Teaching in a concurrent hybrid (or, possibly more accurately, a concurrent hyflex) classroom is when you teach both in-person and remote students at the same time, usually by physically being present in the same classroom space as the in-person students. While this teaching modality has certainly been used more widely during the COVID-19 pandemic, it is also an interesting one to consider for a variety of situations in which students might require additional freedom and/or flexibility to choose either an in-person or remote learning experience. The possibilities of concurrent hybrid/hyflex teaching to increase the accessibility of courses and degree programs are the key part of why they are being considered more and more in higher education settings.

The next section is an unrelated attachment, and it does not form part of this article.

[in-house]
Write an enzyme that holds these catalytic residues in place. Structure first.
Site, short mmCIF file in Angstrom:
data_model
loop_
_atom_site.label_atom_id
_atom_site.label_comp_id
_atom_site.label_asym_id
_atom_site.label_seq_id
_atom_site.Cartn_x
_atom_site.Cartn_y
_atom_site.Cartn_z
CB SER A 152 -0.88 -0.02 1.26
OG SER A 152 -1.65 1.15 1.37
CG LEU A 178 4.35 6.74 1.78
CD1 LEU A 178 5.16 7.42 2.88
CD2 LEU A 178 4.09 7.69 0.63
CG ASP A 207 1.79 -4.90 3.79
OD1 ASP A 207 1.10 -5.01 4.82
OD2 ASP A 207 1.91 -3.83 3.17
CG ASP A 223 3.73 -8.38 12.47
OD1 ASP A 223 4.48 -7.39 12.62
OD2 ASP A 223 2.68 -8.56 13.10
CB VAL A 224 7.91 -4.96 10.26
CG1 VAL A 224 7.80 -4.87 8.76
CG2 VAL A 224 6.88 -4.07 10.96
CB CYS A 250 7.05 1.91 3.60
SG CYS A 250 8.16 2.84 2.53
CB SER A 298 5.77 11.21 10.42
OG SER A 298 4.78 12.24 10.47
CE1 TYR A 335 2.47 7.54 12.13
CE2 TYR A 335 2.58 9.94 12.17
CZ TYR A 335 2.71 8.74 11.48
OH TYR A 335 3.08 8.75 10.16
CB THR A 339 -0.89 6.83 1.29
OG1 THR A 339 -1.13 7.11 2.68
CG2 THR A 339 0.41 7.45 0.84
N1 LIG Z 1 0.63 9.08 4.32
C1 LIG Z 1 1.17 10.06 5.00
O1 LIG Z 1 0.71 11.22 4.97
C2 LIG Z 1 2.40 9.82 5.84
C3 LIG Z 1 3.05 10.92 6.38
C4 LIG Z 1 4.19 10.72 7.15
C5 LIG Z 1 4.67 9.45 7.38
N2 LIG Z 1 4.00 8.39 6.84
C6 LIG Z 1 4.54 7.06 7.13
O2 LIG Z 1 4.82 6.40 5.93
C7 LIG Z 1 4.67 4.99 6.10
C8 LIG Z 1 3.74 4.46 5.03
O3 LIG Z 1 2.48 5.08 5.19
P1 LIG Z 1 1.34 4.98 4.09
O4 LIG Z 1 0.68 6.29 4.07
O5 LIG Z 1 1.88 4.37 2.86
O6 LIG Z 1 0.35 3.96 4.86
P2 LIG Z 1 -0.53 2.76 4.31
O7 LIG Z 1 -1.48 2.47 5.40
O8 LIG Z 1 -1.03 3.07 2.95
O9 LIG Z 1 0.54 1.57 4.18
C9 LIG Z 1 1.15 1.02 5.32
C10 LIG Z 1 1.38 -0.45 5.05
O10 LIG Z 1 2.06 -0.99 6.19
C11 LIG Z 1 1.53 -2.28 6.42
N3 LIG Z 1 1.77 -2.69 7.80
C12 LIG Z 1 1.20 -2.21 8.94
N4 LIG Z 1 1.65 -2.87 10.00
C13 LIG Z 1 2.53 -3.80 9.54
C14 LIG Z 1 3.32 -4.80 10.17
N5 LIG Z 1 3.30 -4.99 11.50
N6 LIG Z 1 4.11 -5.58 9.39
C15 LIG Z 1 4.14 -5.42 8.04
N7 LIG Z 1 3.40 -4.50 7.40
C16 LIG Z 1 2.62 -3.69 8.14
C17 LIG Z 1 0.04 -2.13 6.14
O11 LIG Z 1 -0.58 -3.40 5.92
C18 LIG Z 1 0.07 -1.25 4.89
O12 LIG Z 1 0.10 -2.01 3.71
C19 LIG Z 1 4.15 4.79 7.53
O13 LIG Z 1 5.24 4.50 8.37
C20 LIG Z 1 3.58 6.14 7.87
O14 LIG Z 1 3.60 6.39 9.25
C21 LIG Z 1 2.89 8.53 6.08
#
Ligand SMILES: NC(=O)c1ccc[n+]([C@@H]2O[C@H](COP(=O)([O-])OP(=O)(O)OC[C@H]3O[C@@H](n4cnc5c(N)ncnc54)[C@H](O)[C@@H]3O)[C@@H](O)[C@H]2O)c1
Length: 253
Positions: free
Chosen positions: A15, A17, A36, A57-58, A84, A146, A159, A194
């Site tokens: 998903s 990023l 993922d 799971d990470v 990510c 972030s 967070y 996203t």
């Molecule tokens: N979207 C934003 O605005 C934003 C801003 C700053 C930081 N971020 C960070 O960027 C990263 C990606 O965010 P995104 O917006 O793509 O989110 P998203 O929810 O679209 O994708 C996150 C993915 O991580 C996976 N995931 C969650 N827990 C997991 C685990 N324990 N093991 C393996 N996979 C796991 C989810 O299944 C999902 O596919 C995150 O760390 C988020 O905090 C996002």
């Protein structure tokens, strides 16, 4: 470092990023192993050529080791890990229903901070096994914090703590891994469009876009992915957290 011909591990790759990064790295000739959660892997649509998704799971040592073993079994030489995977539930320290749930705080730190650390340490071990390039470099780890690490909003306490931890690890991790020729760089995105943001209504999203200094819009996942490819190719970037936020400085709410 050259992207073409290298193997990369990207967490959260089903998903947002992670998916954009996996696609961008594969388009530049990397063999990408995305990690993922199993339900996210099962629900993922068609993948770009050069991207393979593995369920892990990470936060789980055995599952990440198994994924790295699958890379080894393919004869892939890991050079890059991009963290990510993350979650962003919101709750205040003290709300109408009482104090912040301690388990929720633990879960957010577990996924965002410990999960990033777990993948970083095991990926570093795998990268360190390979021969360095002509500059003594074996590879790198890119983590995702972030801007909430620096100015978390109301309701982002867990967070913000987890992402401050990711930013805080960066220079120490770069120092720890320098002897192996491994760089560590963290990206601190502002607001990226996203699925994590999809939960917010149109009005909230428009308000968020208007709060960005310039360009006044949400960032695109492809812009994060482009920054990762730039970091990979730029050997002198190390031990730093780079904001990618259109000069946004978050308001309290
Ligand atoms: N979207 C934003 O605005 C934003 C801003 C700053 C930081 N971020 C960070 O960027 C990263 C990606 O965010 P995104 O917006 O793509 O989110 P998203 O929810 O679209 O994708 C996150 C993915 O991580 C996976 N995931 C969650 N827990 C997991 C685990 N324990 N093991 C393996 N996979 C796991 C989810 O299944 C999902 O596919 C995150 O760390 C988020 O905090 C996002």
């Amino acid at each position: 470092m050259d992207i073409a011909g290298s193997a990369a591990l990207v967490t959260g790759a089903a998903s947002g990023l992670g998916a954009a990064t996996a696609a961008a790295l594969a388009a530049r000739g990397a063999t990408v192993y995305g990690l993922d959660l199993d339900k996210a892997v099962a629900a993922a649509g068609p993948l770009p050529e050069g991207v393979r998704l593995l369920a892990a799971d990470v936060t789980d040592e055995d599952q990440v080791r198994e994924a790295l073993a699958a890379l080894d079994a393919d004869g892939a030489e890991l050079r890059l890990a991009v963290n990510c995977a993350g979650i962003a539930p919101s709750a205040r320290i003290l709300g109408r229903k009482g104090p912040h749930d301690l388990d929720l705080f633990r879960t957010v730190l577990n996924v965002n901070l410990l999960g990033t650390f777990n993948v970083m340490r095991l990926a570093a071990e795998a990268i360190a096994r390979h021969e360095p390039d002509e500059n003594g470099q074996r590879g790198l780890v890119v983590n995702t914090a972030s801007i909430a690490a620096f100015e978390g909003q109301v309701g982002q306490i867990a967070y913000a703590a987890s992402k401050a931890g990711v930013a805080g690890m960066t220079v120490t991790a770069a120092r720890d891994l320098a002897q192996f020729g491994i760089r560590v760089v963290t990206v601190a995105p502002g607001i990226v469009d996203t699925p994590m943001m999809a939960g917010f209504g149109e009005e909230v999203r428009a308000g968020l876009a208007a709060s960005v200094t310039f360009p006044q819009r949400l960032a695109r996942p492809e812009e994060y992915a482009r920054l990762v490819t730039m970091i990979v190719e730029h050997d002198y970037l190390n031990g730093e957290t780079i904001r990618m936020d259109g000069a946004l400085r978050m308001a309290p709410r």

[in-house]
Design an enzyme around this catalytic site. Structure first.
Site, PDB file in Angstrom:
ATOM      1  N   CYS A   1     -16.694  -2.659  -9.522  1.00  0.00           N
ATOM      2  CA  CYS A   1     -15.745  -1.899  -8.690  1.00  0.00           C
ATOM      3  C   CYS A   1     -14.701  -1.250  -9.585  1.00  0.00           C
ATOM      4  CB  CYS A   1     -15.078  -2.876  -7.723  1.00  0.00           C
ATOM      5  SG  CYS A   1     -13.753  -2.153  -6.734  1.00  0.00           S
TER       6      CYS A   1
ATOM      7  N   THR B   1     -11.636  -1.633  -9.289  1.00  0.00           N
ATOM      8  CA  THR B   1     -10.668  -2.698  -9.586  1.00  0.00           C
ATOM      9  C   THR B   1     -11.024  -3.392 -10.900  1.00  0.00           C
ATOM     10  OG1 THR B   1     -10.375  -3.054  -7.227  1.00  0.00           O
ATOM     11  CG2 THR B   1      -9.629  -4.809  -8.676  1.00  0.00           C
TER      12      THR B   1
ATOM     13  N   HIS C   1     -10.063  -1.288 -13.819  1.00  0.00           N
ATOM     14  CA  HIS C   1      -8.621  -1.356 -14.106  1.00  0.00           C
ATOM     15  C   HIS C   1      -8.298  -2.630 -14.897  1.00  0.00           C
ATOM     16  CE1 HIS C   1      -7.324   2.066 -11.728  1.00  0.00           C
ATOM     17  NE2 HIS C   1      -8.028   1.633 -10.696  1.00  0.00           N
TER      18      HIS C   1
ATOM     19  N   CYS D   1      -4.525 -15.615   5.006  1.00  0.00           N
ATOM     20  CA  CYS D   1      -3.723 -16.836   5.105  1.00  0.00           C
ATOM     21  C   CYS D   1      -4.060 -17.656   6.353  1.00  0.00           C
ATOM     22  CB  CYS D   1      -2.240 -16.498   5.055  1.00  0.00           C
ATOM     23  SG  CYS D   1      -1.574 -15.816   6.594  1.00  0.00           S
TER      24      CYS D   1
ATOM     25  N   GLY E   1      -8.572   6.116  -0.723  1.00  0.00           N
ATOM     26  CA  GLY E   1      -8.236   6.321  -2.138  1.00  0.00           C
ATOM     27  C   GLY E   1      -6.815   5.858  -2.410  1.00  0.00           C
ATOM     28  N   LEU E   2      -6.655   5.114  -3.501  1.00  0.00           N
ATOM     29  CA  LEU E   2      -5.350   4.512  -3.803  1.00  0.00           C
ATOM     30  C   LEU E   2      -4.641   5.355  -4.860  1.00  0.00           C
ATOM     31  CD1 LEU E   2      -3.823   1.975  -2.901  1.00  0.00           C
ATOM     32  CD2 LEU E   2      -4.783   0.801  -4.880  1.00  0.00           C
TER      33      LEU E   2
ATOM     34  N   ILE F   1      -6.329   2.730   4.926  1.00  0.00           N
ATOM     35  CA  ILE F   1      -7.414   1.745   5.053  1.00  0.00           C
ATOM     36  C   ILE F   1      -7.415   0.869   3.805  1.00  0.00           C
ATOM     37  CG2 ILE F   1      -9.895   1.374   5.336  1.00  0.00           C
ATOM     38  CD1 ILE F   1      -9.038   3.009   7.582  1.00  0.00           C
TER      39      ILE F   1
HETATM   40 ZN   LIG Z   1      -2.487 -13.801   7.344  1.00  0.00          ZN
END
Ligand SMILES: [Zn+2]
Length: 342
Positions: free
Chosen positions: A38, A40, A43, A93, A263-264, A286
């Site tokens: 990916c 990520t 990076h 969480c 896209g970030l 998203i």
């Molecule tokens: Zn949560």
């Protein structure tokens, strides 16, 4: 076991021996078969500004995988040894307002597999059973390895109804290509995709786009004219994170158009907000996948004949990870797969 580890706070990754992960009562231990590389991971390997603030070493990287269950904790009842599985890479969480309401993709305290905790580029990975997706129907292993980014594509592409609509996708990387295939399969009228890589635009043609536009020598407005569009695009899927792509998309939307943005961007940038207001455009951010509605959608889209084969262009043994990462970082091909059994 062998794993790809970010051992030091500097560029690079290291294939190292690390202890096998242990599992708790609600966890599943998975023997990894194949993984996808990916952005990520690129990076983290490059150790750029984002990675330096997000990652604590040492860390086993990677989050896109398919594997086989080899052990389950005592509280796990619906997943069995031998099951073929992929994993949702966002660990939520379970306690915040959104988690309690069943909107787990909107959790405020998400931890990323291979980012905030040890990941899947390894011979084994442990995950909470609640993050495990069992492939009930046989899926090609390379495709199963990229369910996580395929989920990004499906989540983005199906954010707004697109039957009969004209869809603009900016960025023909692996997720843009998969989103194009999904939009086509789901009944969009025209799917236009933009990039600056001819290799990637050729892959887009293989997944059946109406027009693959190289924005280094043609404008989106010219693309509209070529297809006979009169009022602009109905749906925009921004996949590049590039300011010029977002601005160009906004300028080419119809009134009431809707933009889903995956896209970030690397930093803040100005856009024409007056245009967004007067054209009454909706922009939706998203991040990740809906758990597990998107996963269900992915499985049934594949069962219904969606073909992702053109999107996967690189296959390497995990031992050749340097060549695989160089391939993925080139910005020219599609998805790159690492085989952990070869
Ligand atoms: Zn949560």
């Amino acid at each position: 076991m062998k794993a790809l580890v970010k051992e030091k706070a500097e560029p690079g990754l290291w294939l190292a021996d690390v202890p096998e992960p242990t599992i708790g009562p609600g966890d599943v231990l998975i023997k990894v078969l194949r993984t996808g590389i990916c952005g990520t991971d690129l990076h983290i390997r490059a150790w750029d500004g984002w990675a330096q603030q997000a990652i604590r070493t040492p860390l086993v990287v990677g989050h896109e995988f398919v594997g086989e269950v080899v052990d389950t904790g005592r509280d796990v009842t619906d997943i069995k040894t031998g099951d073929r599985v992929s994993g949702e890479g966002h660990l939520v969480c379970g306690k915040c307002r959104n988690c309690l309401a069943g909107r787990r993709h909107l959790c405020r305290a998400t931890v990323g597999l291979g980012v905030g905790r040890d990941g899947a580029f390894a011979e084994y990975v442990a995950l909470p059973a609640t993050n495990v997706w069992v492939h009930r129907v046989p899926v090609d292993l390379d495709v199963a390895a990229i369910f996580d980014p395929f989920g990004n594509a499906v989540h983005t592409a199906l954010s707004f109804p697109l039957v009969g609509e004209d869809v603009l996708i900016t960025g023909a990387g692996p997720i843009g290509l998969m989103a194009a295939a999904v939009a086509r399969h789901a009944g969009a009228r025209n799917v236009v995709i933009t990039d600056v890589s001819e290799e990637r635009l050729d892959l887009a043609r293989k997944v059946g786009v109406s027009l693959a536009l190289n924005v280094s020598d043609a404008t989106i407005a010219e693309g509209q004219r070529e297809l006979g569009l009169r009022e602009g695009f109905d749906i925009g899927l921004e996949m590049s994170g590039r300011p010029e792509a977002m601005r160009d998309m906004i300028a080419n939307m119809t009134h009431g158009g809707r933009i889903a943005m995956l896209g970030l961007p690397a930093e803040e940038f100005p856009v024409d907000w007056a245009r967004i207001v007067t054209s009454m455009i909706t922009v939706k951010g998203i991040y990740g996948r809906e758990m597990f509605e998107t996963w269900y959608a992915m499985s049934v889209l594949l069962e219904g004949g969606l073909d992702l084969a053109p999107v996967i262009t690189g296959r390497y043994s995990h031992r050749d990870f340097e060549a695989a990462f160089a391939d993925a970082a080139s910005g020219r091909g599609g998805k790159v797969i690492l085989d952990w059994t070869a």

However, the challenges of concurrent hybrid teaching are real. For many instructors and students, this is an unfamiliar way of teaching and learning, and it is a unique approach that requires unique teaching solutions. While simply setting up a camera feed so that virtual students can “tune in” to the in-person event is a start, there is a lot more to consider with regards to the technical setup and, importantly, the instructional design of a high-quality concurrent hybrid course. The goal is to ensure that the remote students do not experience an inequity of teaching attention or a compromised quality of instruction. With that in mind, here are some things to consider in taking hybrid teaching beyond simply livestreaming a lecture.